Jim Osman's "Stack" will hold its opening reception at the Lesley Heller Workspace on Sunday, March 10 from 6-8pm.
In Stack, Jim Osman's second solo exhibition at Lesley Heller Workspace, wood scraps - literally castoffs from the working process - rise vertically and with a casualness that disappears on closer vieW. Wood, either sanded smooth or retaining the splintery surface of the natural world, mixes with paint and a surprising palette of laminated paper. Some pieces are small enough to be contained in your hand, but have the complete logic of a sculpture. While the largest, "Compass," hovers in its own space. The new work began when Osman was in one of those in between moments in the studio. He looked at this field of colored shapes and started to stack them, the goal being to make them stand on their own. The beauty and logic of the forms grew naturally, as he applied counterweights, cantilevers and simple joinery, allowing for a range of relationships to build. While Osman has worked horizontally, where shapes had a conversation more like landscape, the verticality of the new work allows the pieces to express how they were built and stand up in an honest, direct way.
Jim Osman lives and works in Brooklyn, New York. He is an assistant professor and director of the Foundation Program at Parsons The New School. Osman has had residencies at The MacDowell Colony and Yaddo and received grants from Parsons and the Brooklyn Arts Council
In Gallery 2 at Lesley Heller is "The New Picture Plane" with David Brody, Devin Powers, Tony Robbin, Jered Sprecher, Siebren Versteeg, and Laura Watt.
The New Picture Plane looks at the work of six painters who explore the changing consciousness of space. In each case, computational systems are used or referenced, but the resulting image is more than the simple product of an algorithm. There is a subjective, often expressive element infused into the logic of the picture. Much as Romantic painting's depictions of ruins signaled the rejection of the classical model, the tendency to favor complexity over the reductive, clean uniformity of non-gestural abstraction, points to a changing definition of space and order in The New Picture Plane painters. The show focuses on artists who explore space influenced by science and technology through the ancient practice of painting.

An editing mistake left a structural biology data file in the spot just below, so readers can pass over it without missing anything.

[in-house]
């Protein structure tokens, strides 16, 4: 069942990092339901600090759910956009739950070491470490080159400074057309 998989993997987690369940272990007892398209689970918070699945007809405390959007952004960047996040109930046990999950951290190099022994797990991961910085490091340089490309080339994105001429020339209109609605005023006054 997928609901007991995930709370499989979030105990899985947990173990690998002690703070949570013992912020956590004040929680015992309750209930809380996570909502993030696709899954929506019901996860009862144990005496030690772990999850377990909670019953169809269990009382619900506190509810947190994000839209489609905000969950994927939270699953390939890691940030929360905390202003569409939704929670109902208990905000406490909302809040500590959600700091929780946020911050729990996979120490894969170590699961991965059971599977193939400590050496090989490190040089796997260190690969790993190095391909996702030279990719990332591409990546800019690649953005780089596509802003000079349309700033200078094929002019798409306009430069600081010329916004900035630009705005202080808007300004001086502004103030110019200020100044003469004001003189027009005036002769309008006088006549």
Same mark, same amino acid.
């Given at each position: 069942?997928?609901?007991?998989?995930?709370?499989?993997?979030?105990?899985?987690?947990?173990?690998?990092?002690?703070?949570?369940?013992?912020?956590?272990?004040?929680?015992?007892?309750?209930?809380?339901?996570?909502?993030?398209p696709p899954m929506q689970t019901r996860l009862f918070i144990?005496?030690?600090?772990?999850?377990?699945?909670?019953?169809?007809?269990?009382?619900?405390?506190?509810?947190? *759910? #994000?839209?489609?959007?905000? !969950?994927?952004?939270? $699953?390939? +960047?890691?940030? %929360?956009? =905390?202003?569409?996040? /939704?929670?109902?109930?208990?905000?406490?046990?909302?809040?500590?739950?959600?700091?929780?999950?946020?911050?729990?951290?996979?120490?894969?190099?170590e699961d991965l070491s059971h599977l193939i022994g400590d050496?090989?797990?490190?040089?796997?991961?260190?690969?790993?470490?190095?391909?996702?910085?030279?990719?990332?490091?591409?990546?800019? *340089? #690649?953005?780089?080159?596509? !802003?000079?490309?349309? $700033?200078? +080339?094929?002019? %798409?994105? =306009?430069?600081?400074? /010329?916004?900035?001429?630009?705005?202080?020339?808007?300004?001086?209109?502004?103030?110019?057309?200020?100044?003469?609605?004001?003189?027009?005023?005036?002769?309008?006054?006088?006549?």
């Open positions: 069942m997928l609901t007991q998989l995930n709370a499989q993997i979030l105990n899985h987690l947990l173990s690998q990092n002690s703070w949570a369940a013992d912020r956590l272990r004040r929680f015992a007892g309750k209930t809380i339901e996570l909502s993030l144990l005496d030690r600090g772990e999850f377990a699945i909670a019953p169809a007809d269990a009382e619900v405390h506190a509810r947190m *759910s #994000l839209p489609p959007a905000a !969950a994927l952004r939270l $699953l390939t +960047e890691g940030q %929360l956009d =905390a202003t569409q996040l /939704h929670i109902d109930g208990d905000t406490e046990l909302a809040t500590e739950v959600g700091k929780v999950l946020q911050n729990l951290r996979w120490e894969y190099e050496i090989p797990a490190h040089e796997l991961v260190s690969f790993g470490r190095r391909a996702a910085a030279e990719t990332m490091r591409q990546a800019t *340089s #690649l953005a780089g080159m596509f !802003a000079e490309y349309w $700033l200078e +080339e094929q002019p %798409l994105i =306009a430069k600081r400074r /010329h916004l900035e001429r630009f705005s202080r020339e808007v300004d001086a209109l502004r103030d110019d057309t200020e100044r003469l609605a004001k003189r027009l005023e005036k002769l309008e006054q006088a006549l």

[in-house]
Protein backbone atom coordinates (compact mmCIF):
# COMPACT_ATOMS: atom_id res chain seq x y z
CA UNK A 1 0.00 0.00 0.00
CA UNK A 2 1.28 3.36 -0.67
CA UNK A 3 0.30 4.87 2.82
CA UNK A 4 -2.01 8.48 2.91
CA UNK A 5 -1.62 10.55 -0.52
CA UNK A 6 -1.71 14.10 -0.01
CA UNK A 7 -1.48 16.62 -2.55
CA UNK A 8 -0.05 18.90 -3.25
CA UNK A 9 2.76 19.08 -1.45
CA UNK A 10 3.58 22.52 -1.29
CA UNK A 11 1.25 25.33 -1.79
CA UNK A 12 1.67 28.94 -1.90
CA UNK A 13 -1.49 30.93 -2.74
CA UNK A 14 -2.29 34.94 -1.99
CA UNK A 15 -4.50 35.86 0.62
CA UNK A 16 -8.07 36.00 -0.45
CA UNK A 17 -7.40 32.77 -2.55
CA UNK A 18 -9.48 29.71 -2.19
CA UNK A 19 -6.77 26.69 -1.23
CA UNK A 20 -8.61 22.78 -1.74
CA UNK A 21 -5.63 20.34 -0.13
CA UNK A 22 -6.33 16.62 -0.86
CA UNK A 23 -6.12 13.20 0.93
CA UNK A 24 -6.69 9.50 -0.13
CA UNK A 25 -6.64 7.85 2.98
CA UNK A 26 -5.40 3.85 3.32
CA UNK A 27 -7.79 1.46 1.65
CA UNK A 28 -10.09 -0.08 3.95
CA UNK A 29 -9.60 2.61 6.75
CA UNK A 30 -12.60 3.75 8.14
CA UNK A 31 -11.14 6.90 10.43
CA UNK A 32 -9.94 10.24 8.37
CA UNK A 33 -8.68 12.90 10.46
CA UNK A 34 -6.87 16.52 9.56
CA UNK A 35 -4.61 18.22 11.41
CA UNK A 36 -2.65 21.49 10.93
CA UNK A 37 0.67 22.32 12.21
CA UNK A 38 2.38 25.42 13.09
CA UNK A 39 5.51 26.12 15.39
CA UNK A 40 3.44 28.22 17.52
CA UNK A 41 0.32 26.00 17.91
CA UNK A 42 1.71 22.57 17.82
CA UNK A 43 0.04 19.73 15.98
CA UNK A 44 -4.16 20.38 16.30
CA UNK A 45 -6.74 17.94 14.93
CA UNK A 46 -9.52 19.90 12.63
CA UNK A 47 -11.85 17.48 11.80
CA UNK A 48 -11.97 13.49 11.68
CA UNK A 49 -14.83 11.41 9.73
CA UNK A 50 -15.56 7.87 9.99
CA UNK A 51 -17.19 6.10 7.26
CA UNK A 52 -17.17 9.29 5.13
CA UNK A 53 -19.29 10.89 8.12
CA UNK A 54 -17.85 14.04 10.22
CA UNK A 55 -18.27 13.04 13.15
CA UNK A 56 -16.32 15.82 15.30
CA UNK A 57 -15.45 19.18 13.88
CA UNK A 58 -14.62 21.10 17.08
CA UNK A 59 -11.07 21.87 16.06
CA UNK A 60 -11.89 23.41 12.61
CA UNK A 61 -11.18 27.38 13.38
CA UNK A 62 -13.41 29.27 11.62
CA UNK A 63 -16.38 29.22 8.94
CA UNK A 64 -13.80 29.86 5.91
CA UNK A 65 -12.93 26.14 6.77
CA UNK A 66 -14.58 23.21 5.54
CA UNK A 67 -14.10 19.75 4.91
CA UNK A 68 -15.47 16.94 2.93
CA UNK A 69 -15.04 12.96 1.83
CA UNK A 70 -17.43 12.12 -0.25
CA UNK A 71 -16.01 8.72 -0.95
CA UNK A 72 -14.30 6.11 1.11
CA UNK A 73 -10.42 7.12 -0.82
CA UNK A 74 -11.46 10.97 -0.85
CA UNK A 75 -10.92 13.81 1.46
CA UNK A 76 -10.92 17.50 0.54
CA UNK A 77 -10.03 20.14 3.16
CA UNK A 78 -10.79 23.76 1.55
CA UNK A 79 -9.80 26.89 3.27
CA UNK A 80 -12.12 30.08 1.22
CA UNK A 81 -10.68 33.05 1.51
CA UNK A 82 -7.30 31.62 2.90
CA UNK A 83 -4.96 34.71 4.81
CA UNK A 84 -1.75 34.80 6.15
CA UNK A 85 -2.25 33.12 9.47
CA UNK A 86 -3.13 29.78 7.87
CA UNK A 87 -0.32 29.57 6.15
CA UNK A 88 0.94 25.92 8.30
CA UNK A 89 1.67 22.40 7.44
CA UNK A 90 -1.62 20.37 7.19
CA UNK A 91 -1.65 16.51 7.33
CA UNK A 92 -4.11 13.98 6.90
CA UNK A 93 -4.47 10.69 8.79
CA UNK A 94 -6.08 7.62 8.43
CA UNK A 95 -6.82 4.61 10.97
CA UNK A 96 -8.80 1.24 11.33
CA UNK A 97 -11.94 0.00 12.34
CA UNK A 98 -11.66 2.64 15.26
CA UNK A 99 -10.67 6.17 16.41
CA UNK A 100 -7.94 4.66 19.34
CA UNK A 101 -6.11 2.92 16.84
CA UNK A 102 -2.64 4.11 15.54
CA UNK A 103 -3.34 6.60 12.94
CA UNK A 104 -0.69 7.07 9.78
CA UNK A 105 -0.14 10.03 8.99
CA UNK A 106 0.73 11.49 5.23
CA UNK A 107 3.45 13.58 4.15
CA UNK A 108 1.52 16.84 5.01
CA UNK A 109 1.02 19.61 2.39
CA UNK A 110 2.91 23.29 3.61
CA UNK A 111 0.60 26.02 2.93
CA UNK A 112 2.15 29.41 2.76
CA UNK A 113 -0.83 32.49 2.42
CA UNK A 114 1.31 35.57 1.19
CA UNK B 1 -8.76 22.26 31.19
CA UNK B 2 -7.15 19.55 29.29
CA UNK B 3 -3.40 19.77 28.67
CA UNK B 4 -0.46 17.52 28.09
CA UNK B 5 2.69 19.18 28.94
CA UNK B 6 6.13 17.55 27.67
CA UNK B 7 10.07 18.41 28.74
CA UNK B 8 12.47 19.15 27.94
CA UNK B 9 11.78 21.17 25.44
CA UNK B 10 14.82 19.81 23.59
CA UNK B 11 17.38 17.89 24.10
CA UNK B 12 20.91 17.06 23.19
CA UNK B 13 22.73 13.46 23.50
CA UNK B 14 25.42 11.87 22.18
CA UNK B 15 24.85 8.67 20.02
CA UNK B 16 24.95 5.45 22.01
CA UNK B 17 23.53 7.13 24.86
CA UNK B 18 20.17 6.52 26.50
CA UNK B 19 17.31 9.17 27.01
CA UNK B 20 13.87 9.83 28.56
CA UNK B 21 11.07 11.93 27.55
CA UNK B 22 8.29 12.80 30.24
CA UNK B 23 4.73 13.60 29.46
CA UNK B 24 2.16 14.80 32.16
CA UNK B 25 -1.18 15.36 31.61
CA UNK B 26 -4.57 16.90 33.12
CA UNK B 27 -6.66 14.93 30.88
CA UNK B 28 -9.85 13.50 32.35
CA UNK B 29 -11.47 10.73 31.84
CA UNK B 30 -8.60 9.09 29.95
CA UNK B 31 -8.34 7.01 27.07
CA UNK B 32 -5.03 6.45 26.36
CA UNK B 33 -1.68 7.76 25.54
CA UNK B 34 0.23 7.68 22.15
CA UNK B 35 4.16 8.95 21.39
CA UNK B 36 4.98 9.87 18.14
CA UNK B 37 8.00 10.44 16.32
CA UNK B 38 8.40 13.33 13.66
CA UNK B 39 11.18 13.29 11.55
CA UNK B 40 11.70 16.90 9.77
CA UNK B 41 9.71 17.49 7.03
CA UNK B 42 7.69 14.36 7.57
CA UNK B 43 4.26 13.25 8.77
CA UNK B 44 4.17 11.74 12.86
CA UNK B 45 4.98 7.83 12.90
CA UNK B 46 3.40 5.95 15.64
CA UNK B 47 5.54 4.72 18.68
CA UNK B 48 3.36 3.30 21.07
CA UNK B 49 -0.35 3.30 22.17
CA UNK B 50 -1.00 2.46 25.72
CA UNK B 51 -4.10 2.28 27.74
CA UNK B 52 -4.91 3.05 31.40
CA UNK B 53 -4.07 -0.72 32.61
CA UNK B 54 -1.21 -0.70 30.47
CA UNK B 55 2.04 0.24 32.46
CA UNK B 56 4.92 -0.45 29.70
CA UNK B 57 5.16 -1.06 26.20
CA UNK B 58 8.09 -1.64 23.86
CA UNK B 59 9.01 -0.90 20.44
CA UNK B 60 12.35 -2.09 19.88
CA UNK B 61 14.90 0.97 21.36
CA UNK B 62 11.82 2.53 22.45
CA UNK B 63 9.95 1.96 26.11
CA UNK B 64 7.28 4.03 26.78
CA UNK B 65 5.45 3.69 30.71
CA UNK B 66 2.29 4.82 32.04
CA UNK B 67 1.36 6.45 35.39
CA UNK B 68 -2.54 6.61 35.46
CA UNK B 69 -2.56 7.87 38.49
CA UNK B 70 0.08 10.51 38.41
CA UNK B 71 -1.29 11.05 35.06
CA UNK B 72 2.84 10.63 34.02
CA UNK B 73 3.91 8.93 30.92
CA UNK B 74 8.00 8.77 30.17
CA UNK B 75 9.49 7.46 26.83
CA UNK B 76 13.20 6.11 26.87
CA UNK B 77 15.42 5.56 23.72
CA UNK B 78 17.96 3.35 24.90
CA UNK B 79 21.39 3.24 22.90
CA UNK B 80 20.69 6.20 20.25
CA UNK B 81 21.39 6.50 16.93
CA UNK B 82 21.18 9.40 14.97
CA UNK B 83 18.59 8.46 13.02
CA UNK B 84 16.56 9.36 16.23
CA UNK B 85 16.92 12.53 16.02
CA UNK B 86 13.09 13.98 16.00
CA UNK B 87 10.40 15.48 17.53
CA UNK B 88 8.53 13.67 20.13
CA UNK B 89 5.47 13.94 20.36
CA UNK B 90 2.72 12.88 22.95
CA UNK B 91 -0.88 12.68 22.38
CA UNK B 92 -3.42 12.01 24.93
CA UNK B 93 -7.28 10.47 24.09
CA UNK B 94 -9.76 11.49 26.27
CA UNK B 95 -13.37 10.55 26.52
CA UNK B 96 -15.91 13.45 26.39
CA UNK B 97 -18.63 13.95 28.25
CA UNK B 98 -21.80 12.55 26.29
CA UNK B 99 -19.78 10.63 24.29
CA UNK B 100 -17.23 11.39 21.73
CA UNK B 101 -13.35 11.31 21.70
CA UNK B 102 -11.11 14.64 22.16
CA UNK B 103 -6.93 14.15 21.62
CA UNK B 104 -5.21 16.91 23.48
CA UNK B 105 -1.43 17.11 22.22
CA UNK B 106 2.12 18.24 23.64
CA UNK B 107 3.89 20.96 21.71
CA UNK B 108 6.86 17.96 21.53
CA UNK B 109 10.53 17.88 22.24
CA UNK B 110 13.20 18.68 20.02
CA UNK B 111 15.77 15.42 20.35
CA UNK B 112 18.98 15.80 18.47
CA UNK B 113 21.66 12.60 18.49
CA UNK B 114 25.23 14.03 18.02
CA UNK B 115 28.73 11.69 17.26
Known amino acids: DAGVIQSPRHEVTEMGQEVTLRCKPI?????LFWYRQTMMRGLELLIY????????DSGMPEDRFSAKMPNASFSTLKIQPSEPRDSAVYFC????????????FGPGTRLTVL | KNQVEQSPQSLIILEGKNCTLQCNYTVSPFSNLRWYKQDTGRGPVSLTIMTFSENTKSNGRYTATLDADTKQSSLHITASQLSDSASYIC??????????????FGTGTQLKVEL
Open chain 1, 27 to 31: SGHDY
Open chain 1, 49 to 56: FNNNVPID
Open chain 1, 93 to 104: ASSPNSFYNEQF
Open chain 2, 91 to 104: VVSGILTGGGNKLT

David Brody constructs complex worlds that manipulate and reinvent the conventions of perspective space through paint. Building dynamic spatial systems that glide and grind against each other, Devin Powers pushes a tension between the classical orders of sacred geometry and contemporary constructs of space and cosmology. In Tony Robbin's recent work, quasi-crystal structures emerge and dance about a hazy green ground exposing planes of soft-hued form counterbalanced by a few passages of strong cadmiums. Jered Sprecher's painting exposes the dichotomy between geometry/reason and gesture/emotion creating paintings that could be described as a kind of geometrical expressionism. Siebren Versteeg's Clown_854 extends gestural abstraction through a generative process, replacing the brush with code, creating marks that closely simulate the evocative quality of analog painting and in some cases, magnify its effect. Laura Watt's intensely layered staccato of free-form networks in loose line and shimmering color evoke the awe of complex digital systems filtered through the human hand.
Lesley Heller Workspace is located at 54 Orchard Street, New York, NY. Call 212 410 6120 or visit www.lesleyheller.com for more information. Gallery Hours: Wednesday - Saturday 11 - 6; Sunday 12 - 6.
Pictured: Jim Osman, Compass, 2013, wood, paint, paper, 81 x 90 x 14.